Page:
In theory, every marketing website has the same basic job “Here’s what this thing is, here’s how it can help you.”
Beyond that, I hope to vibe with your higher aspirations. “This will help you live the calm, creative life that you yearn for.”
To this end, the three weeks I spent writing, designing, and building the new About Kinopio page almost broke me.
I started with words. If I can make something compelling in a .txt file, that’s a good place to build from. Strangely, I think clearly describing what a product does is probably hardest for the person who made it. But all the feedback I’ve gotten from readers of the Kinopio email bulletin was super helpful in figuring out what themes and use-cases to focus on.
How it Looks, How it Works
Much of my initial inspiration came from going down the rabbit holes of Fonts in Use. Besides finding cool typefaces, there’s a lot of compelling layouts and art direction to be found in the books and posters on the site that we don’t really see on the web.
My design process began by putting the goals I had for the page along with pieces of inspiration in a mood-board space.
- Aesthetically, I wanted the page to feel approachable and conventional – but also be memorable and characterful.
- The page should feel like a genuine counterpart to the app’s design.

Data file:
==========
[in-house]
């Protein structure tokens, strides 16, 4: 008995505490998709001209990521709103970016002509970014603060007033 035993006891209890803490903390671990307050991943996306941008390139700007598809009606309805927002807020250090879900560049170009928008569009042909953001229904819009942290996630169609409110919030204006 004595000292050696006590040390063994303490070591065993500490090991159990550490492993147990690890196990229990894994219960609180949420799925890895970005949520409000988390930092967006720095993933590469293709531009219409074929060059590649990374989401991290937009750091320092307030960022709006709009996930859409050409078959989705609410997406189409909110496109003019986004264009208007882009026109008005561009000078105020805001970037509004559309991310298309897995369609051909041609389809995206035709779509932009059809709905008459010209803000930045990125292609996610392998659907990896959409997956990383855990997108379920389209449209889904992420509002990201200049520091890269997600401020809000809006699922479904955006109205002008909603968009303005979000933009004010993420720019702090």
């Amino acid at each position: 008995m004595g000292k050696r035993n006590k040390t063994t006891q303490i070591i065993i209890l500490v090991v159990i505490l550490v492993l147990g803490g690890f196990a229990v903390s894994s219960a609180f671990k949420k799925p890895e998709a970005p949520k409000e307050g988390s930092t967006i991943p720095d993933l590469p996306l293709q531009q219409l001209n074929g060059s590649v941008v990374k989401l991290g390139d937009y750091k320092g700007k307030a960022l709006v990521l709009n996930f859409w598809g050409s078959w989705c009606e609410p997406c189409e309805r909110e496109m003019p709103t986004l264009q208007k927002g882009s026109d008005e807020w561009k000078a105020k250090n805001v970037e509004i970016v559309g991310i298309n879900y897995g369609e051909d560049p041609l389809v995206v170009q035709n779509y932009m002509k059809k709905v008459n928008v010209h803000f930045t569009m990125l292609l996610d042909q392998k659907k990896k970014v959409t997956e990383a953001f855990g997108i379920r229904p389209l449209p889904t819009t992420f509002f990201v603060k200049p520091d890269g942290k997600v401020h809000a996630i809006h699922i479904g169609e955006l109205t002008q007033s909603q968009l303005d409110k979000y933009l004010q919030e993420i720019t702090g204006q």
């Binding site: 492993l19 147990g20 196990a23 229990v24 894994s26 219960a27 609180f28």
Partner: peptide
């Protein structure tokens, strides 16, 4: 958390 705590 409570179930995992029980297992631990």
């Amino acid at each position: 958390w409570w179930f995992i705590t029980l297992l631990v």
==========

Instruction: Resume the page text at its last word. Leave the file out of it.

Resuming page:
- Exude the qualities of craftsmanship and a focus on small details that differentiates Kinopio from more corporate competitors.
For the fonts I was interested in, I tried out free trial versions on the page itself using
The page headers are set in the very french Jean Luc. I’ve had this font on my hard drive – and in the back of my mind – for 10 years, and I finally found a use for it.
Contrasting this, the organic and earthy Recoleta is used for headlines.
From here, I poked, then hoped, then tweaked my way towards a layout in the
css itself. I created new template spaces for each example use-case. And also recorded videos using the macOS screen recorder (
⌘-Shift-5) which were then converted to web-friendly mp4 files with Handbrake.
Just like with Kinopio itself, I wanted the way you interact with this page to have a little extra somethin’ somethin’.
So, the page paints itself. Kind of like I’m sitting on your shoulder and I’m saying “hey check this out, and also this part is really cool”.
To build auto-painting, I wrote some code that records the x,y position and timings of my paint strokes on the page. On page load, these recorded strokes have their positions transformed to be relative to specific elements on the page. When you scroll those elements into view, auto-painting happens.
Honestly, this was kind of a nightmare. I should’ve chosen an easier profession, like navy seal.
Putting It All Together
Here’s how the page turned out. Weeks from now, after the pain is forgotten, I’ll be really happy with it.